One of the things that I’m hearing often across the industry is that despite the obvious pain that came with COVID a lot of forced innovation has led to some long-term insights that could be useful. You’re at roughly 65 locations today. I’m interested in generally in your growth plans, but actually specifically are any of these insights that you picked up on a different store footprint perhaps even heavier on drive-through. Do you expect any of them to carry through as you open up new locations in the future?
Yes, we do. I would say probably there are a lot of them, a lot of them are sort of like tiny little things that we learned as opposed to lots of massively large things. But I would say probably the more outstanding ones are, we’re now putting in fittings at all of our new locations so that we can add these awnings as the restaurants grow. Right. So as we build that sales volume, so we don’t have to go back and put all these footings into preexisting concrete, you know, what that looks like. So we started adding those footings in advance so that we’re prepared to put these awnings up. That was a really big change. I would say, you know, getting cars away from the pickup window is a big one kind of moving those menu boards back. So we had those I could name 10 of the things that we sort of because we had teams of people sitting in these parking lot, watching this stuff all day.
We just had a lot of insights that we hadn’t taken the time to pick up before. I would say that’s a really big one. I think the second one is just not knowing where the future of dining rooms will go. So trying to maximize space for double drive-throughs and throughput versus spending a lot of space on dining room, we on the weekends were a different brand than we are during the week. We have a very different consumer checks are way bigger. It’s a family style, sit down environment on the weekends and we decided you just can’t build the restaurants for that anymore. That was a pretty solvable change. And then the third one is just the way that we set up kind of what we call the wrap stations. They have to be built to accommodate more throughput. And that was a pinch point for us. I would, those are probably the big ones. And then the obvious one is technology. We’re going to be implementing our new POS system next year, and that’s going to come with new drive through technology that we have now, but it just isn’t as good as this system that we’re going to be implementing. So I would say technology, internet, wifi, those kind of capabilities were used to be sort of a nice to have. And now, they’re kind of what we would consider a need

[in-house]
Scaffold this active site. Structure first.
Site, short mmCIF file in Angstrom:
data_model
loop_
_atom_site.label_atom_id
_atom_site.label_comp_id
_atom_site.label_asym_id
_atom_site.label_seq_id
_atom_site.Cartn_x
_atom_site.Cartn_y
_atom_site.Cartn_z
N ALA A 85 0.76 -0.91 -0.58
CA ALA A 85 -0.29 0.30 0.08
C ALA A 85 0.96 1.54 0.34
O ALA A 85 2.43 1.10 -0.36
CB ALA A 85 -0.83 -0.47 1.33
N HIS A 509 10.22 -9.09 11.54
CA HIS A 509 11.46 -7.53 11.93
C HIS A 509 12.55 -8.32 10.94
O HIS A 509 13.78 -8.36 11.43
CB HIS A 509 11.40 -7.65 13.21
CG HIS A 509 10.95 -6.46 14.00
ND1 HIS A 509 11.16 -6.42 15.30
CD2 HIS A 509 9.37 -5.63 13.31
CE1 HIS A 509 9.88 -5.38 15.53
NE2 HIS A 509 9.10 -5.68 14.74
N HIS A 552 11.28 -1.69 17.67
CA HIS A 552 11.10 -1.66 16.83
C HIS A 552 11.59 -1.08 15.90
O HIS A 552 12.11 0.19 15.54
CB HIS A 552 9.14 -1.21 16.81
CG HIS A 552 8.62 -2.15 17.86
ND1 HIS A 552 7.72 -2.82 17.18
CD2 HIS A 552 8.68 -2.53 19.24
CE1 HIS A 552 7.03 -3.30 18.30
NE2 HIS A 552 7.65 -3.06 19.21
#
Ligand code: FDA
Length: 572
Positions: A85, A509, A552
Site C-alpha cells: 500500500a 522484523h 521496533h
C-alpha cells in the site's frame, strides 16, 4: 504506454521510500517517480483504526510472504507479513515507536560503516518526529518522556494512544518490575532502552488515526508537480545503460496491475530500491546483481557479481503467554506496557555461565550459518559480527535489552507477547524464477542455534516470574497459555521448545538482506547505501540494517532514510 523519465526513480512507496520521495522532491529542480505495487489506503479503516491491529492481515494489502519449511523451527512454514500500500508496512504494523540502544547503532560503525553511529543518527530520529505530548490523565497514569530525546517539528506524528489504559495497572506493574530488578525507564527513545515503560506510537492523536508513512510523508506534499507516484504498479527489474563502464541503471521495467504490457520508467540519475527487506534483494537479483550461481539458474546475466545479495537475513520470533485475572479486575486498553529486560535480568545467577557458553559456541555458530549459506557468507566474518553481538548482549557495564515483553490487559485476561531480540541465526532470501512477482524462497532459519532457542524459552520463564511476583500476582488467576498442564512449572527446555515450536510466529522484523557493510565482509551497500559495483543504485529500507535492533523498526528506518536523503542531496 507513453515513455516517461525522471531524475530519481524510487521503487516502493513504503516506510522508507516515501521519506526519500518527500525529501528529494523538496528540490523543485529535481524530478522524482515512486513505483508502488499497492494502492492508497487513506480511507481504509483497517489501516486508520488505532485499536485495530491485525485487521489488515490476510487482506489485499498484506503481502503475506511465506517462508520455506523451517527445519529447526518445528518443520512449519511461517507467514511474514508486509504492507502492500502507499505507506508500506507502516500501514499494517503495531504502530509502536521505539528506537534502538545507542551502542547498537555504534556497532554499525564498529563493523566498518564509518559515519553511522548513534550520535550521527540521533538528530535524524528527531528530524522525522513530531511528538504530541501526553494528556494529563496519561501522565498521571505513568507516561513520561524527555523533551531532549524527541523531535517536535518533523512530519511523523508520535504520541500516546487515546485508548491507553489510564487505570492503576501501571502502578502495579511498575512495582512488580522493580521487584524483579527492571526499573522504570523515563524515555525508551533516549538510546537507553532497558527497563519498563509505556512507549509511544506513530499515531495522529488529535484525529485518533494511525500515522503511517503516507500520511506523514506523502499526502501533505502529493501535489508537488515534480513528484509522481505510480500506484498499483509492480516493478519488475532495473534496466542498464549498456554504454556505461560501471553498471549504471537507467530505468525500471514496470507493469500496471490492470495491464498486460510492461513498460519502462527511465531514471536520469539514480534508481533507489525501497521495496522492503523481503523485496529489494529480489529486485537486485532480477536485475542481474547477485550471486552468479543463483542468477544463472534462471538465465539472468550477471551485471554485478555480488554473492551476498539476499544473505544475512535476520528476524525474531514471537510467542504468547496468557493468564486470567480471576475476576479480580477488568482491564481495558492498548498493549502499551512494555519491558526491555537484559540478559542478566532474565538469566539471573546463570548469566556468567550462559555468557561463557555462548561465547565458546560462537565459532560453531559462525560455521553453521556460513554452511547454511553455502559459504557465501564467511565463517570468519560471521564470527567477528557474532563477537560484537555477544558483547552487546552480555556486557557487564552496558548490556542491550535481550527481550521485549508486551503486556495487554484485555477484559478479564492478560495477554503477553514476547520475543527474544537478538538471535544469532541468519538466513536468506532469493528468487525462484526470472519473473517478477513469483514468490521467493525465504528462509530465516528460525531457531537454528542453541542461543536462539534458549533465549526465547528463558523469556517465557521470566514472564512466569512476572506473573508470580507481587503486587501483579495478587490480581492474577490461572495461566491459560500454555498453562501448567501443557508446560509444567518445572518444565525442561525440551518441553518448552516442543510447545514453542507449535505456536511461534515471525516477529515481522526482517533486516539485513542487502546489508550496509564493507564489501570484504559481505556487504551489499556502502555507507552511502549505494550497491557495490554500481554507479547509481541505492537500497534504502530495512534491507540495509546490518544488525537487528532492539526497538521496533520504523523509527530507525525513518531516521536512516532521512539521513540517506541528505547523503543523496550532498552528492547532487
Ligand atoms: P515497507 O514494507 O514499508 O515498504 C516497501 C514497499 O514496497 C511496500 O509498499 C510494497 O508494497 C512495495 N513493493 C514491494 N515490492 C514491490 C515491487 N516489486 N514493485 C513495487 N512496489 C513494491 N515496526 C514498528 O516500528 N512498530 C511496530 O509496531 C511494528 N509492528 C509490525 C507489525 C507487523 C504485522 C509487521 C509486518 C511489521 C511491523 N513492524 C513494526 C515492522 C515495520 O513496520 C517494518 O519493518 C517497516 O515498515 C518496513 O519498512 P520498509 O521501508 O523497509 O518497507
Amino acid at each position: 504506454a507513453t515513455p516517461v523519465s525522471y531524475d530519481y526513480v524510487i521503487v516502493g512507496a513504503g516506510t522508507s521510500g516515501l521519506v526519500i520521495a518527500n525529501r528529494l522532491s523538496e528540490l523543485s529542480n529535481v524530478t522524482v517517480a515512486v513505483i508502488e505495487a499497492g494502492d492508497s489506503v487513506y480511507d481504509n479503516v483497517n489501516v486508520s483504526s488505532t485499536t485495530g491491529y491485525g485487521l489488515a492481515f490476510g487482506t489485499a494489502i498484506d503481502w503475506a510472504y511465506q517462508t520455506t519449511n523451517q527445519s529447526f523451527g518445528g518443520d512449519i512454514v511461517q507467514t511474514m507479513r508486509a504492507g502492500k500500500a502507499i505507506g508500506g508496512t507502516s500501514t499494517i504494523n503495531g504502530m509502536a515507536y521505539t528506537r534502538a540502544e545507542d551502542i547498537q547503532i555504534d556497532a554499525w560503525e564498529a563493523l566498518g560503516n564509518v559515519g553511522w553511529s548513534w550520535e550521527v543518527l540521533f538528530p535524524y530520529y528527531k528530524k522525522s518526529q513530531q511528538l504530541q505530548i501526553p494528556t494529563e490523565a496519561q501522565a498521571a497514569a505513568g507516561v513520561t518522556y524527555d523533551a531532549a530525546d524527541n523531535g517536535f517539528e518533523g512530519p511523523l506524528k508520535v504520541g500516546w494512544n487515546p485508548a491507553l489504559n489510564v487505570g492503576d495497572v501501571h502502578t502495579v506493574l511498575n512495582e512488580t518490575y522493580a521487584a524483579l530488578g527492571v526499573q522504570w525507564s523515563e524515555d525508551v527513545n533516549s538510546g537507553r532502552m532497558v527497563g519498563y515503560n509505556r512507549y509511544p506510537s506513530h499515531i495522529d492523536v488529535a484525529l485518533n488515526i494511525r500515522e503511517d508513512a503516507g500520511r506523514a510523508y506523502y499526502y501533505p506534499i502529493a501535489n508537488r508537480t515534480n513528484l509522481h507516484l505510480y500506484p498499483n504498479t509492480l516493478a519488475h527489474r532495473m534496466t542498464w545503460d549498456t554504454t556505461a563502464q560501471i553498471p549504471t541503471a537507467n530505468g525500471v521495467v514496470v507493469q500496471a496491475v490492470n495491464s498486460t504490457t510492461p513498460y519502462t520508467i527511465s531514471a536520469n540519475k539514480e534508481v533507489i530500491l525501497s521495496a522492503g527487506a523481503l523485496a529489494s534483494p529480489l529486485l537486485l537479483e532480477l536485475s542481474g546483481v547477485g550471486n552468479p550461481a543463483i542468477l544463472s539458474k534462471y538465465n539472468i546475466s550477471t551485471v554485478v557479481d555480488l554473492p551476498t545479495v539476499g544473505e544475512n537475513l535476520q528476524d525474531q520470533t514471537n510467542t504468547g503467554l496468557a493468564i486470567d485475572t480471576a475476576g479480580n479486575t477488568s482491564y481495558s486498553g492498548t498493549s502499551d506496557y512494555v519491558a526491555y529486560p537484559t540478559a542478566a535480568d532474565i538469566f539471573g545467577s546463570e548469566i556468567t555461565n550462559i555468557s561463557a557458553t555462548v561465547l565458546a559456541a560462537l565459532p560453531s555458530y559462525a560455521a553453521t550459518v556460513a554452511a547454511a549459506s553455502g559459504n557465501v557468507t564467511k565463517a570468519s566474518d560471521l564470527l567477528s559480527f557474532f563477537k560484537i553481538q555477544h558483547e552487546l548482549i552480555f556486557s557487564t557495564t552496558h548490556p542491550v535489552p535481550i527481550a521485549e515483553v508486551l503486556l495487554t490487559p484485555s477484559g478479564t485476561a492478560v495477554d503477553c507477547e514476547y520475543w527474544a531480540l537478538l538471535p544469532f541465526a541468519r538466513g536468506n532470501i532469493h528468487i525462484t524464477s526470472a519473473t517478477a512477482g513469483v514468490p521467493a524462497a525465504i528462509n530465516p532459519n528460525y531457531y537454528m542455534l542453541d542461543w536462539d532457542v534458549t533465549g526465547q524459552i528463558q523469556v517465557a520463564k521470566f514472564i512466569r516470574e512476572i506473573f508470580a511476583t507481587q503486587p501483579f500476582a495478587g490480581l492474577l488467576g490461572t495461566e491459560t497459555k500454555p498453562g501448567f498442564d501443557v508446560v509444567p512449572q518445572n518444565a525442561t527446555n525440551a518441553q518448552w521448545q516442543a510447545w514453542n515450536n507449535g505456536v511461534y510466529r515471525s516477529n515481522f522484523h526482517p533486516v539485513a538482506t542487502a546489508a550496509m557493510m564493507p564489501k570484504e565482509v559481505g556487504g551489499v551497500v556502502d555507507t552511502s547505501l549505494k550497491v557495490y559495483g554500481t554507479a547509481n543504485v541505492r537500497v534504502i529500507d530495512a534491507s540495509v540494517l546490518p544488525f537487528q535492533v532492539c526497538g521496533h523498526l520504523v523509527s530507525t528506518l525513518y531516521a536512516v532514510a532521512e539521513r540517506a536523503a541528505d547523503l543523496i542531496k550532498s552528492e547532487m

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Going back, because you’re not afraid of some of the big decisions in you actually led the rebranding prior to become president. When you, I believe for chief brand officer, you actually led the creation of the fresh Southern biscuit, those fresh Southern brand positioning, a new logo restaurant redesign. I believe it was packaging and uniforms. It was, it was everything. When you think about that type of refresh of a strong heritage brand, that’s a big undertaking. What led you to do that? And how do you think about staying fresh if you will, as a brand with decisions like that?
Well, you’re right. It was a huge decision. I mean, as soon as we walked in to just the concept of rebranding and we looked before we even did any research or any estimating, just sitting down on a back of a napkin, we knew this could easily be a $20 million commitment to do it the right way. And so anytime you’re looking at that in a family owned company, you want to make sure not only you do it right, but these guys get the return for that investment, which is a pretty massive yes for them. So, you know, the first piece was, do we need to do it? And so from a business perspective, it became extremely obvious that we were at risk of being left behind if we didn’t do it. So, you know, the first hurdle was, is it really necessary?
And what happens if you don’t? And the answer was you’re going to become irrelevant and you’re going to just get outdated and people are going to outrun you. So once we jumped the what seems like an easy decision to that, we needed to do it. Then we said, okay, well, let’s make sure we do it from a consumer perspective and not from what we think we need to do. So we spent the first two years doing nothing but research. So we did 30,000 customer intercepts with existing customers. And then we did a blind study of, I think it was 2000 and 3000 people that were either rejectors or just unaware. And we compile that information and we spent a year just going through that information and sort of parceling out what we thought was important. And also during that phase came up with sort of our new positioning statement, our value proposition, our differentiators.